Chichester woman '˜allergic to WiFi' living in a shed and now '˜desperate'

A woman '˜allergic to WiFi' is currently living in a garden shed and says her situation has now become dire.

Rachel Hinks, 44, says her severe electromagnetic hypersensitivity is making her extremely unwell
Rachel Hinks, 44, says her severe electromagnetic hypersensitivity is making her extremely unwell

Rachel Hinks says her severe electromagnetic hypersensitivity (EHS) means exposure to telephone and internet signals is making her extremely unwell.

Rachel, 44, featured in the Observer in January when she was forced to leave her Chichester home of 19 years.

After spending months ‘off the grid’ including living in a tent in the Welsh valleys, Rachel has just returned to the area.

Rachel says she can feel the signals that register on her electromagnetic monitor

She said: “I’ve been back in Chichester two weeks and it’s shocked me how quickly I’ve gone downhill.

“I’ve been shaking, fatigued, had headaches and diarrhoea twice a day.

“While I was in Wales in a tent or sleeping in my car all my symptoms completely stopped.

“But now I’m near masts again I’m feeling so ill, I vomited twice this morning and it’s causing a lot of acute symptoms, the worst being it’s now affecting my heart and sending me into heart arrhythmia.”

She is currently living in a shed in a friend's garden in Chichester

Rachel is currently sleeping in the summer house at the bottom of a family friend’s garden where the mast signal is low.

She sleeps on the floor under a silver mesh canopy which blocks out it out.

She says she can physically feel the signals through her body which register on her electromagnetic monitor.

“The signal from phone masts is constant and when I go near one I get a screeching pain in my head, and if I’m near a cordless phone or a WiFi hub it’s a pulsing signal which I can feel juddering through my heart,” she said.

“It’s incredibly isolating, I can’t go to groups or friends’ houses anymore, I have to meet people in the woods.”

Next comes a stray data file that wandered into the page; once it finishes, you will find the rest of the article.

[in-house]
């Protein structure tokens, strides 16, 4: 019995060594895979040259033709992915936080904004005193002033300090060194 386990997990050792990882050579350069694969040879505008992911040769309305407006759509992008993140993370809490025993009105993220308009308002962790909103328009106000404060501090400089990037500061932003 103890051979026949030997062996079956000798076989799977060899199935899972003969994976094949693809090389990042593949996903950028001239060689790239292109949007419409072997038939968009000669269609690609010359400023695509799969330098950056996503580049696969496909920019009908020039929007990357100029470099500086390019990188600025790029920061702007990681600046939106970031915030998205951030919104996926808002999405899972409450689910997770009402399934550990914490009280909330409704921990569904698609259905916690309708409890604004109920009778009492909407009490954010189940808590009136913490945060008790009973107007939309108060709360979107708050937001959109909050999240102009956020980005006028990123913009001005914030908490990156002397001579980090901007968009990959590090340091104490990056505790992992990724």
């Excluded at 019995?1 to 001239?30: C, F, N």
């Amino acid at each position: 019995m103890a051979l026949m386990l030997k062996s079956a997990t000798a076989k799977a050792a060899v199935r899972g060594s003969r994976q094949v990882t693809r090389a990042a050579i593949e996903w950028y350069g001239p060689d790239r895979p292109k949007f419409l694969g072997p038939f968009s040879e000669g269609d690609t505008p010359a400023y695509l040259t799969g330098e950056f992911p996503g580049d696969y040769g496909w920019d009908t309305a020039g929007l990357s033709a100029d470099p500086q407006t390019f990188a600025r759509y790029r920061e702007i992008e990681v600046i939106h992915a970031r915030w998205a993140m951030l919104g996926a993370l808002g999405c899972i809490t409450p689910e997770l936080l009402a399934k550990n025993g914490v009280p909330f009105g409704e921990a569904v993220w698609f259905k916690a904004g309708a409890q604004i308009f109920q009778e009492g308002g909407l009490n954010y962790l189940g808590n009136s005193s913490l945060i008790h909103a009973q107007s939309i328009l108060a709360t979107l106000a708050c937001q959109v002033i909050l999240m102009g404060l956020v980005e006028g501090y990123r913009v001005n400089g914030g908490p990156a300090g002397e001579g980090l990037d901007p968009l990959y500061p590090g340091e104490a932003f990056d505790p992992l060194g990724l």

EHS is not a recognised medical condition, and though studies have proved inconclusive, up to five per cent of the UK population claim to be affected by electromagnetic fields (EMF), according to NHS Choices.

The World Health Organisation, while stating there is ‘no scientific basis to link EHS symptoms to EMF exposure’, acknowledges that ‘while some individuals report mild symptoms and react by avoiding the fields as best they can, others are so severely affected that they cease work and change their entire lifestyle’.

Rachel has been diagnosed with severe EHS from a practicing GP who is among a number of doctors concerned by the rise in telephone and internet signals in the UK.

She believes because she has a number of autoimmune diseases such as Lupus she is especially sensitive.

As well as wanting to raise awareness of EHS, Rachel is trying to raise money so she can find a permanent home, having been told by Chichester District Council she is the lowest priority for rehousing.

“I’m now in a life-threatening crisis. With signals going up and up and up it’s making me severely ill,” she said.

“We haven’t been living with these sort of levels for very long to know what they are doing to us, I feel like we’re a living experiment, we’re human guinea pigs.”

A friend of 12 years is so concerned she has made a film about Rachel’s plight.

Carolyn Davies said: “I decided to make a film for her because I believe that she is suffering serious physical symptoms from EMF and is in a dire predicament, needing somewhere safe and warm to stay for the winter and going forward.

“I hope my film will help her to raise funds to buy a camper van so that she can move to low or non EMF locations, to give her body a chance to recover and be safe and warm this winter.”

To read more about Rachel’s situation and to donate go to